Hardly a better day to live in middle Tennessee because the eclipse lived up to its hype and it was definitely worth the price of admission!
These pictures were made from still-shots off my camcorder, so they’re not the greatest … but they’re still neat.
Regardless of quality, I guarantee no picture can compare to what it looked like with my own set of eyes; nor can words really describe.
One picture captures the “diamond ring” effect, while the other is the “plain ole'” view of the full eclipse.
Not everywhere is light eclipsed:
A few believe that God exists,
Fewer still do all his will,
But human sight is short and dull,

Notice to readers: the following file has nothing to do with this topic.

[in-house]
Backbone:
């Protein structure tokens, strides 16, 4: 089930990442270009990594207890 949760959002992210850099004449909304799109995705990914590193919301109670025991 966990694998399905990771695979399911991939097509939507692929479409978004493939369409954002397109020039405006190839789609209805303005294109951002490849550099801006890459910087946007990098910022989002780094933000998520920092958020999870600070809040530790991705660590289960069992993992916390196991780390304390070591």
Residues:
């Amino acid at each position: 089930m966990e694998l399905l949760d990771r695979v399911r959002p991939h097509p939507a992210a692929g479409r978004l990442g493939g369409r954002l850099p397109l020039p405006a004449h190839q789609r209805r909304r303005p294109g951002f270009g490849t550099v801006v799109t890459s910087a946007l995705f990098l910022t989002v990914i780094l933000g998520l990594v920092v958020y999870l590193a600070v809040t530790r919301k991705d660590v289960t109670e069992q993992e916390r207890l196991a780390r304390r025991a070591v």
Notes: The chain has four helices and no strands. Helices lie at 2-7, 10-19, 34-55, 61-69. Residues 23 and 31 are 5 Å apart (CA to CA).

The moon of ignorance is total—
Nearly—Christians must be ever vocal
With news of glory—darkness reigns;
To expel it, only the voice of saints.
#poetry #eclipse #light
A letter was sent to the church and when I opened it, I saw it was hand printed. Then, scanning, I saw the words in bold caps: “solar eclipse and blood moons”. It was only a page and though it had no signature, I decided to read it. Its author warned of a major event in 2014 and 2015 and spoke of coming eclipses and the moon turning to blood. Of course, I recognized immediately the biblical allusion. Such terminology was prophetically used for the downfall of Babylon, Egypt and Jerusalem. But don’t get too excited. There have been plenty of eclipses and blood moons with no consequences. What makes a natural event significant is not its normal occurrence, but that it is used by a prophet to declare God’s judgment against a people or city. Even then, the prophecy must be fulfilled. This is Just-a-Minute with Ed Boggess